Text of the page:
PFNI ‘disappointed’ as policing ignored in £1 billion DUP deal

The Police Federation for Northern Ireland (PFNI) believes officers are being “taken for granted” after the Prime Minister’s £1 billion agreement with the DUP ignored policing.

Jun 27, 2017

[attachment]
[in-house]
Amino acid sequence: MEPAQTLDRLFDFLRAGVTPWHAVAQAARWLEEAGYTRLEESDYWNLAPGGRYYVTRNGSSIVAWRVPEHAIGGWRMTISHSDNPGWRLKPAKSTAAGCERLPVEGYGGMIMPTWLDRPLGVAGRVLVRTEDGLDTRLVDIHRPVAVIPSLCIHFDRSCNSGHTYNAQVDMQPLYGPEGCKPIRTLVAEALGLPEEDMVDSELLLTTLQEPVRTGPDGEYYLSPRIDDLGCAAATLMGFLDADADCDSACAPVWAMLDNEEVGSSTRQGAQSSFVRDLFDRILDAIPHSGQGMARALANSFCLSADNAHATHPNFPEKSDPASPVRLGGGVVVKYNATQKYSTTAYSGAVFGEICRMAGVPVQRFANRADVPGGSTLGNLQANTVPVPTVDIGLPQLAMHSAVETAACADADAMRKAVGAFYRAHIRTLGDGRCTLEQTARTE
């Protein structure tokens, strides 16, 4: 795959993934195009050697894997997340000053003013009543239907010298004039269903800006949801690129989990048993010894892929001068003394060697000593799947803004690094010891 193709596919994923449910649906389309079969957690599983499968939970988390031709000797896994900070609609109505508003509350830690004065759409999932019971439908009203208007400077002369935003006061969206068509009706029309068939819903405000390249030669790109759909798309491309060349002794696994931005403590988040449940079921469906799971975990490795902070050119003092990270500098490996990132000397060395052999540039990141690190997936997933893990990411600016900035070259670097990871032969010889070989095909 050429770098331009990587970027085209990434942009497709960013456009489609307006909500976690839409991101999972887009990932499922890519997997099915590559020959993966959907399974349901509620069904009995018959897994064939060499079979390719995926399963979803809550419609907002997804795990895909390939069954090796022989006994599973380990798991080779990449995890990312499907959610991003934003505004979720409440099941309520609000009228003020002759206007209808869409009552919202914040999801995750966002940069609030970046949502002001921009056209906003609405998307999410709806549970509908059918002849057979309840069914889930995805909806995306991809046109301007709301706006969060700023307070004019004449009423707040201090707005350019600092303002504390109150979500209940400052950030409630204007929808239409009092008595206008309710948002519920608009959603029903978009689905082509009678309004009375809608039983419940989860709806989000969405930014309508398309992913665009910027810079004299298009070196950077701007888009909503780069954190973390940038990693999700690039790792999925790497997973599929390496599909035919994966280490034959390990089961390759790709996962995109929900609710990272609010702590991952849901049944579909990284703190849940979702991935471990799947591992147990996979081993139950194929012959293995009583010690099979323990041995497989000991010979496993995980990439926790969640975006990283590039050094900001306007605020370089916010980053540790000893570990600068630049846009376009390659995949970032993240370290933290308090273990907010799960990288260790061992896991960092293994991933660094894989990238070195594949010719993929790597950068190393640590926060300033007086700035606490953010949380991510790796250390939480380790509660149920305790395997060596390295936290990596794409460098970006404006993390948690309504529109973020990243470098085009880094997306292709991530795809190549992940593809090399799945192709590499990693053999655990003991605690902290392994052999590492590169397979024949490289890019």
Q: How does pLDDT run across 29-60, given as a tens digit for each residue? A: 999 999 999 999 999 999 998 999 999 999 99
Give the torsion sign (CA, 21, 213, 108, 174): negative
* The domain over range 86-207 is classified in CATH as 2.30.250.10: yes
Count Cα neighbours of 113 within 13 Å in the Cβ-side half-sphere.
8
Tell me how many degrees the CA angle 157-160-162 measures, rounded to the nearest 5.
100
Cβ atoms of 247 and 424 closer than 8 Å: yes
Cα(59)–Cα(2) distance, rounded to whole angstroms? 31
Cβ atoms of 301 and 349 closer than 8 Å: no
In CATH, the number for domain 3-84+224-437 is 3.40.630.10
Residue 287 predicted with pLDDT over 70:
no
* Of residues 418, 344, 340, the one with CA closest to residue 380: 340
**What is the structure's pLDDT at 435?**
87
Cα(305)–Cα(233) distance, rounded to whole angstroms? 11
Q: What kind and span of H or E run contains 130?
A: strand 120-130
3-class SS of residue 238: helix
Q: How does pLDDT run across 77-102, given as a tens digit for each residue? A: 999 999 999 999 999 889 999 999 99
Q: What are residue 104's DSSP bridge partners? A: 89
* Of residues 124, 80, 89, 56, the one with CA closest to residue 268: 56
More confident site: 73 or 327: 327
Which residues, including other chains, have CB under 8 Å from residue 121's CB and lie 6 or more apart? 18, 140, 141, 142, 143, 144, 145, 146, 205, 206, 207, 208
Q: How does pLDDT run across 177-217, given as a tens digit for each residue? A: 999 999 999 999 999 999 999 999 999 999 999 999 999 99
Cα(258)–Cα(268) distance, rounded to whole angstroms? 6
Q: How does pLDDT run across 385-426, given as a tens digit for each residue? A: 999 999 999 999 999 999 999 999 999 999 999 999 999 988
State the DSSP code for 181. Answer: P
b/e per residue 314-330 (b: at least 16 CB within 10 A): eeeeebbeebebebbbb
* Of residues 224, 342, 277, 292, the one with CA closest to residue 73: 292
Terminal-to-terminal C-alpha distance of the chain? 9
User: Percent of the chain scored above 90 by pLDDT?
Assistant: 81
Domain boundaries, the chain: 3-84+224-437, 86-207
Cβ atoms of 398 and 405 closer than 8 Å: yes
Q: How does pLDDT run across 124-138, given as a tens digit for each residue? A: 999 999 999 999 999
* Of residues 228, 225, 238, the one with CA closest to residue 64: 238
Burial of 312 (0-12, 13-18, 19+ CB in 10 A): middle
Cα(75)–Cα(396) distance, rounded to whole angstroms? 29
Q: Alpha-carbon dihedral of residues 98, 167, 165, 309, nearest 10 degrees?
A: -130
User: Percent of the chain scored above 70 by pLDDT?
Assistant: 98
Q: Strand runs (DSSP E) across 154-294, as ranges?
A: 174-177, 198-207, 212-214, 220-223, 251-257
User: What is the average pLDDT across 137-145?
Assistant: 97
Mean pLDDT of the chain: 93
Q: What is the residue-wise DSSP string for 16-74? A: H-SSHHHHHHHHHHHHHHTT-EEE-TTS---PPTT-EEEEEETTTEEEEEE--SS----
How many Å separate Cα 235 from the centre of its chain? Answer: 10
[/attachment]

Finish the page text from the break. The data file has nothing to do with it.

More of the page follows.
The Police Federation for Northern Ireland (PFNI) believes officers are being “taken for granted” after the Prime Minister’s £1 billion agreement with the DUP ignored policing. Infrastructure, health and broadband providers will receive extra funding from Theresa May’s deal to stay in power following the loss of her majority. The investment – on top of £500 million already committed to Northern Ireland – includes some flexibility on where it can be spent, but the Police Service of Northern Ireland (PSNI) appears unlikely to benefit. PFNI chair Mark Lindsay said he was “disappointed” at the omission given the pressures facing officers. He warned that further lack of investment could damage neighbourhood policing and called for a “stay of execution” on projected cuts. Mr Lindsay said: “It seems from this deal that the work they do is going unheeded or else being taken for granted.” He added: “We’re burning the candle at both ends right now. It is a situation that cannot continue indefinitely and I would appeal to politicians in positions of power and influence to address the chronic funding shortfall and call a halt to austerity. “If the new and welcome cash from London creates the space for budget flexibility, then we would ask that policing be treated as a priority in any re-allocation that takes place.” The PSNI faces a three per cent funding cut this year with £20 million expected to be dropped from the force’s budget. It has already suffered a net loss of 128 officers since January. The PFNI is also concerned that more than 700 officers are eligible to retire over the next 12-18 months and claims recruitment programmes will only fill a fraction of these positions. Mr Lindsay believes the lack of investment could lead to further cuts to neighbourhood policing and damage the PSNI’s capability for proactive investigations. He added that an absence of visible policing could cause others to fill the vacuum, “be it paramilitary groups or criminal gangs”. However, he welcomed the decision to invest £50 million in improving mental health services in Northern Ireland, claiming it could help alleviate demand. “Mental health issues are something that are very close to our hearts in the PFNI and we are getting to the stage now where a lot more people are reporting these issues,” he told Police Professional. “If the investment in mental health also looks at places of safety for people with mental health issues, so they are not always brought to a police station, that can only be welcomed. “But again, that fundamentally takes away from the fact that policing as a whole has not really been covered in the agreement.”

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